Labour market needs to ride the tides of change, Latest Views News - The New Paper

Labour market needs to ride the tides of change

This article is more than 12 months old

This year is likely to be better for job seekers, especially in certain sectors and pivotal roles

Singapore's labour market has softened dramatically since the record expansion of its economy in 2010.

According to the latest Ministry of Manpower figures, unemployment is at a six-year high, the number of job redundancies increased to more than 19,000 last year and, of those who were made redundant, only 48 per cent were able to successfully re-enter employment.

This was the lowest since 2010, when the rate was 53 per cent.

What has caused this clear shift in employment prospects? There are several obvious contributors, including headwinds in global trade and weak domestic consumer confidence.

Additionally, economic restructuring and technology adoption is giving rise to a paradigm shift in how work has historically been done.

Jobs are increasingly getting segmented into two broad categories.

There are "pivotal" job roles which are high value-adding and have limited supply of talent.

And then there are the "democratised" jobs where technology is fragmenting traditionally skilled work into tasks that can increasingly be performed by less skilled talent.

Despite last year's difficulties for job seekers in Singapore, this year is likely to present a more positive outlook for certain sectors and pivotal job roles.

We believe that organisations still have the intent to hire new employees this year, with demand for talent in key segments - revealed by Willis Towers Watson research to include information technology (IT), engineering, and sales and marketing - increasing in response to the changing business landscape.

It is no coincidence that some of these talent segments also provide critical support to Singapore's growth as a hub for digital and fintech businesses.

Many of these job functions (with customer service also thrown into mix), where hiring is still strong, are expected to drive the business' transformational agenda and top line growth.

Sales and customer service teams will continue to be critical to most organisations where personal touch or relationships are still valued.

On the other hand, skilled IT and engineering professionals will help their organisations create competitive advantages by paving new ways to engage, service and sell to varied customer segments digitally.


The dynamics of sourcing talent are also changing.

Job tasks and critical skills requiring high technical competency or low technical competency will each shift into different talent platforms (for example, contingent workers, automated processes, third party vendors, alliance partners).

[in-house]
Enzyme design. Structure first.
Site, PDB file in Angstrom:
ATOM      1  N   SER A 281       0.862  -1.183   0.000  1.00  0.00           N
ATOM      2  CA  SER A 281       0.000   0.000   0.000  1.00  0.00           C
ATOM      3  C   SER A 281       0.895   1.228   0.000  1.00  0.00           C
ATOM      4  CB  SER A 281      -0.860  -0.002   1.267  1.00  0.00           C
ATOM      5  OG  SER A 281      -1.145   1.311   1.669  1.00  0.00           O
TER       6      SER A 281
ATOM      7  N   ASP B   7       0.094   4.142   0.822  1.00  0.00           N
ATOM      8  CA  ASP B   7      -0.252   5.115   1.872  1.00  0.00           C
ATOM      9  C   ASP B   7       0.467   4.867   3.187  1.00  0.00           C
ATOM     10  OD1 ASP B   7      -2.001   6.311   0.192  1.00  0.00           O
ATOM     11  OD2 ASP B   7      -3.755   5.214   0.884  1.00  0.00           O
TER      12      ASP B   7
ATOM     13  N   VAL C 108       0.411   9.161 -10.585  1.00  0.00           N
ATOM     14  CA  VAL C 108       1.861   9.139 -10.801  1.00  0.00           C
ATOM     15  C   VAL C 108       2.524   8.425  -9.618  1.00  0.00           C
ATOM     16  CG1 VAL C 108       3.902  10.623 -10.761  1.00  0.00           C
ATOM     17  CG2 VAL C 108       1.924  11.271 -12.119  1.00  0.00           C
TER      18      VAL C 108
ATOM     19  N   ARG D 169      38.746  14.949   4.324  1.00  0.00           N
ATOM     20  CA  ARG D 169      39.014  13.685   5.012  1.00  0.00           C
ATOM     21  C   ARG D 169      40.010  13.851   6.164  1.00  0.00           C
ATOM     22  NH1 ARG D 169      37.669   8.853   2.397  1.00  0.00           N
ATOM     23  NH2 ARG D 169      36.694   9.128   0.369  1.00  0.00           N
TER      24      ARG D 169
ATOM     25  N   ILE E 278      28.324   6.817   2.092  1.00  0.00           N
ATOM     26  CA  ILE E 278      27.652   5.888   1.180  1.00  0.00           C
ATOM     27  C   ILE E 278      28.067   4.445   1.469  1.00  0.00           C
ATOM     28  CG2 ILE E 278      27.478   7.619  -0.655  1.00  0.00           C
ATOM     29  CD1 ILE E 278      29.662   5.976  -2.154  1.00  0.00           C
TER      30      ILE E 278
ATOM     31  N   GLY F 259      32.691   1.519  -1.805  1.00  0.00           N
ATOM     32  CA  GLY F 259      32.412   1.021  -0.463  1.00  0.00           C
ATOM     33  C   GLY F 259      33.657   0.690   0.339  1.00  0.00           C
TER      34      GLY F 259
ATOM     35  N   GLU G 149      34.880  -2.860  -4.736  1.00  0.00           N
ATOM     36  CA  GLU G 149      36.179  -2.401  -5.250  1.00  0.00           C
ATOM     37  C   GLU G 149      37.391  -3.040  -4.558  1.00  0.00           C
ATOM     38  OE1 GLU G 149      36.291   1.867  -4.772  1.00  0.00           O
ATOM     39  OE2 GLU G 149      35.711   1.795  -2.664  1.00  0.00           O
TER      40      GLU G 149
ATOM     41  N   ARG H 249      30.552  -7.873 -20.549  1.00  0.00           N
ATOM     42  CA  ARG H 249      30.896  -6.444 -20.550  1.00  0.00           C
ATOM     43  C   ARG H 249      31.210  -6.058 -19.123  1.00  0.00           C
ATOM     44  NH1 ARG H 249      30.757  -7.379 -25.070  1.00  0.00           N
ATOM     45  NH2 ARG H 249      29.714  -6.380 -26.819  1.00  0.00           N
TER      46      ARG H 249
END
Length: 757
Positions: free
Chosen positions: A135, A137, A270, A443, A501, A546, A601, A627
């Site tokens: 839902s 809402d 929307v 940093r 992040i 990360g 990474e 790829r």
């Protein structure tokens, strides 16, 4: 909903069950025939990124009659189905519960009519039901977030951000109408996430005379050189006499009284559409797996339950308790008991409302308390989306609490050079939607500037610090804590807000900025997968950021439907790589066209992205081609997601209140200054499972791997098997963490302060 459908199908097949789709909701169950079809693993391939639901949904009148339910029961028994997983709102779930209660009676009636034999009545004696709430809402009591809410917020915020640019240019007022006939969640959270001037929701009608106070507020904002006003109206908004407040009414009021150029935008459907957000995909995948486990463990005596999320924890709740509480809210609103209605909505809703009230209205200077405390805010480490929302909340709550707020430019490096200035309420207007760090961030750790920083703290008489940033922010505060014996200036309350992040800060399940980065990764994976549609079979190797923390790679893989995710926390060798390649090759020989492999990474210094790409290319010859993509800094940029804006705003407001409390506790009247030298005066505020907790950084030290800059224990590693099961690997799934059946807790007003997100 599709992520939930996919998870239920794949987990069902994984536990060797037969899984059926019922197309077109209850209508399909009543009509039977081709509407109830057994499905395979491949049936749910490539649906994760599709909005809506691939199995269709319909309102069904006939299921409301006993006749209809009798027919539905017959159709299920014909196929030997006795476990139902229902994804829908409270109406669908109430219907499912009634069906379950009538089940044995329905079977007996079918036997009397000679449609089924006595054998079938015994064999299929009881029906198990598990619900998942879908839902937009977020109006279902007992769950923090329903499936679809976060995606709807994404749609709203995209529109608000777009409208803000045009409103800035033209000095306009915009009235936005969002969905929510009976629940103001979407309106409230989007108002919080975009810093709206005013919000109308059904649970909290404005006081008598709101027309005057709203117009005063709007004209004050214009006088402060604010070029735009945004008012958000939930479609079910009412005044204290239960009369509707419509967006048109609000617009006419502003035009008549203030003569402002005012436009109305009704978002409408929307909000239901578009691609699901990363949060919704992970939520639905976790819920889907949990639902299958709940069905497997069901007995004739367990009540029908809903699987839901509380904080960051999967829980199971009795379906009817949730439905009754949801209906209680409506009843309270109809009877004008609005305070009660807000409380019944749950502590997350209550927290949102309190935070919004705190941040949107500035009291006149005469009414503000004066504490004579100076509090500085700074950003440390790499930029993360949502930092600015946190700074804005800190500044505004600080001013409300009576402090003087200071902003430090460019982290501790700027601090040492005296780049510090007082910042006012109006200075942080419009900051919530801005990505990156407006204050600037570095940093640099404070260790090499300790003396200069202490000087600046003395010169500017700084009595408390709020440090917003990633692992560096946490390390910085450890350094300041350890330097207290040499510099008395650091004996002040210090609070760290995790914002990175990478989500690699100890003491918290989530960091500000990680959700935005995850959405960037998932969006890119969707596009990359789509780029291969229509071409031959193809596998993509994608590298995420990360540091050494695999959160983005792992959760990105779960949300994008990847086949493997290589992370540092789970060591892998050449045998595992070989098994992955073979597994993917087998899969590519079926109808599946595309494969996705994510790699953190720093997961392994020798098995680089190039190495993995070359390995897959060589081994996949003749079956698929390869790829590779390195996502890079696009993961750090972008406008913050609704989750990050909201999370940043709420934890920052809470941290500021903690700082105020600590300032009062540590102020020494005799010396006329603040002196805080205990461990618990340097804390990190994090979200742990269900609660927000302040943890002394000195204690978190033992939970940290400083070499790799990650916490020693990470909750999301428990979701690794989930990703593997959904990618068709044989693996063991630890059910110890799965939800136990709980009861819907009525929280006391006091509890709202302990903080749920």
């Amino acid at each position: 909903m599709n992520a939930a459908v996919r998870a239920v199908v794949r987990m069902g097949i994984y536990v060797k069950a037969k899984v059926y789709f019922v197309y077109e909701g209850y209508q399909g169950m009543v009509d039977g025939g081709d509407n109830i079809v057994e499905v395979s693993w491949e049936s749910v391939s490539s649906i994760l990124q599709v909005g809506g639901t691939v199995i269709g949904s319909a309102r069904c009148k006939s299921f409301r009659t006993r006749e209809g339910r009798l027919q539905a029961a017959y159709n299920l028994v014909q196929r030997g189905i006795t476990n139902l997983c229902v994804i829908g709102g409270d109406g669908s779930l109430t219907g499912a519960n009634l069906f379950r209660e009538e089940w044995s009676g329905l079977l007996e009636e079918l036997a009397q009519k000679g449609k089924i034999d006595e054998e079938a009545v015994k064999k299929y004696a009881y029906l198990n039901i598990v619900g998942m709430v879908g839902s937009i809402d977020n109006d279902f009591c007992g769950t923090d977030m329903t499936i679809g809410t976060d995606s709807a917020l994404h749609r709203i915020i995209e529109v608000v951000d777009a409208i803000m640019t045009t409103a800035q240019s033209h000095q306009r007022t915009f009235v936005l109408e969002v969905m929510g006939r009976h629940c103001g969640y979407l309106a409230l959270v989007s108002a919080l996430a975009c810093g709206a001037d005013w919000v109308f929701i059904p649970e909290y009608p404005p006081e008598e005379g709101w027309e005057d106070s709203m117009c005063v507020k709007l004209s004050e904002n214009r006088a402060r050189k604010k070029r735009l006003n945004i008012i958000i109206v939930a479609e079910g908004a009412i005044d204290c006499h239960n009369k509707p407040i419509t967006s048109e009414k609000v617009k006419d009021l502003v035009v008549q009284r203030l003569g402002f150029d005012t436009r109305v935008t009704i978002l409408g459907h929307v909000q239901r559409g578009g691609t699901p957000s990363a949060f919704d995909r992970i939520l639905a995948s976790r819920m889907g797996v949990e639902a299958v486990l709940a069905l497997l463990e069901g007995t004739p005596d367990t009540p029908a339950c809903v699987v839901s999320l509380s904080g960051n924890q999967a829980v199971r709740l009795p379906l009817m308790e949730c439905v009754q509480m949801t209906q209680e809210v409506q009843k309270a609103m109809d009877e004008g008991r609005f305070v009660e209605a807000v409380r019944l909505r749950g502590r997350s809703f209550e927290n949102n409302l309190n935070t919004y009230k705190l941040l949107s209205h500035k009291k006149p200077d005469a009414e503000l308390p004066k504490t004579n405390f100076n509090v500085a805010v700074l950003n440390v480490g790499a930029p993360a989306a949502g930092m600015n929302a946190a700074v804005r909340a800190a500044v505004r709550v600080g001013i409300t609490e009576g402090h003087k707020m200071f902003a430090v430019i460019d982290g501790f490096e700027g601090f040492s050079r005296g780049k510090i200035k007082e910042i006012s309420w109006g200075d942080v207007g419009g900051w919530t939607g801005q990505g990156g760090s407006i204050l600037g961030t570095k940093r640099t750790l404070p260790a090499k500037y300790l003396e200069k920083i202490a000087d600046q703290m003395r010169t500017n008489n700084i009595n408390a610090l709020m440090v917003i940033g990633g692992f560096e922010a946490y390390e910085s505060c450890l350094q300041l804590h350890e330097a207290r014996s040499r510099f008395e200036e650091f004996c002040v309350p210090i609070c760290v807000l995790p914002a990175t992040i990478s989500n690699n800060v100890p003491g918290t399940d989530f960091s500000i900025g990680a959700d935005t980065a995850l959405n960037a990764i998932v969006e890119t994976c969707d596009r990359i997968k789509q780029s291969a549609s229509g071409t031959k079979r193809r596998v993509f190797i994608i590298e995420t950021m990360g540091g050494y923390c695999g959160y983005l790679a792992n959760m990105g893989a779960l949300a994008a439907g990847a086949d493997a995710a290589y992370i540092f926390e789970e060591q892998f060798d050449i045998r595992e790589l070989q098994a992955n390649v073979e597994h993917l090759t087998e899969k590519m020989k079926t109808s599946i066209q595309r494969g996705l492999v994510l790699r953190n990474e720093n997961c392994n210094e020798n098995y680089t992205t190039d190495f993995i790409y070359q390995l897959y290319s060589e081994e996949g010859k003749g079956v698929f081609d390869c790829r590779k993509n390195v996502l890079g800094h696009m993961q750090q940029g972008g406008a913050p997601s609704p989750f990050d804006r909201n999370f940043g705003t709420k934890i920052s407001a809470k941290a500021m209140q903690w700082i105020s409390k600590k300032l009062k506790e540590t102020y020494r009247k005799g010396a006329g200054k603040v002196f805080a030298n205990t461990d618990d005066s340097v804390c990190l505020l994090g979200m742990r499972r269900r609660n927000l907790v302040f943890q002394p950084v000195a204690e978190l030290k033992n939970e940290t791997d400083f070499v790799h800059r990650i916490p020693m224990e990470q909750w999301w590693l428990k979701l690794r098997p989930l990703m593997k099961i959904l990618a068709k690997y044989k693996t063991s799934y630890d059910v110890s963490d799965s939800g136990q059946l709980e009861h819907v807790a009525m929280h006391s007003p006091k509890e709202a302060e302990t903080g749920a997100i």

Talent supply and demand and cost control requirements will make it critical for businesses to prepare technological and human capital roadmaps as they look to varying employment relationships to meet their manpower needs.

Job seekers also need to adapt to the evolving market.

For example, they can maximise their chances of securing employment by looking beyond full-time positions and remain open-minded about taking on contractual employment.

Singapore workplaces are already operating mobile and virtual set ups and freelance or "contingent" workers are an important component of modern workforce strategies.

Employees should also set their sights on the long term, rather than the year ahead.

Our research leads us to conclude that, in a volatile business environment with rapid disruption of existing business models, career security for job seekers is more important than job security alone.

The implication here is that companies need to support lifelong learning to build employability and breed more innovative thinkers, while employees need to take ownership of their skill sets.

This is very much the premise of the Government's SkillsFuture initiative.

It is hard to anticipate how Singapore's economy will continue to perform for the rest of the year given the significant geopolitical, social and economic forces at work.

In the immediate term, it would be a surprise if the unemployment rate falls much further than the current levels.

In the longer term, Singapore's economic restructuring will position the nation to better ride the tide of technology disruption and increased regional competition.

It is up to both employers and employees to understand how talent will fit within that picture, and to then take the necessary steps to secure their own futures.

The writer is the country leader of talent and rewards at Willis Towers Watson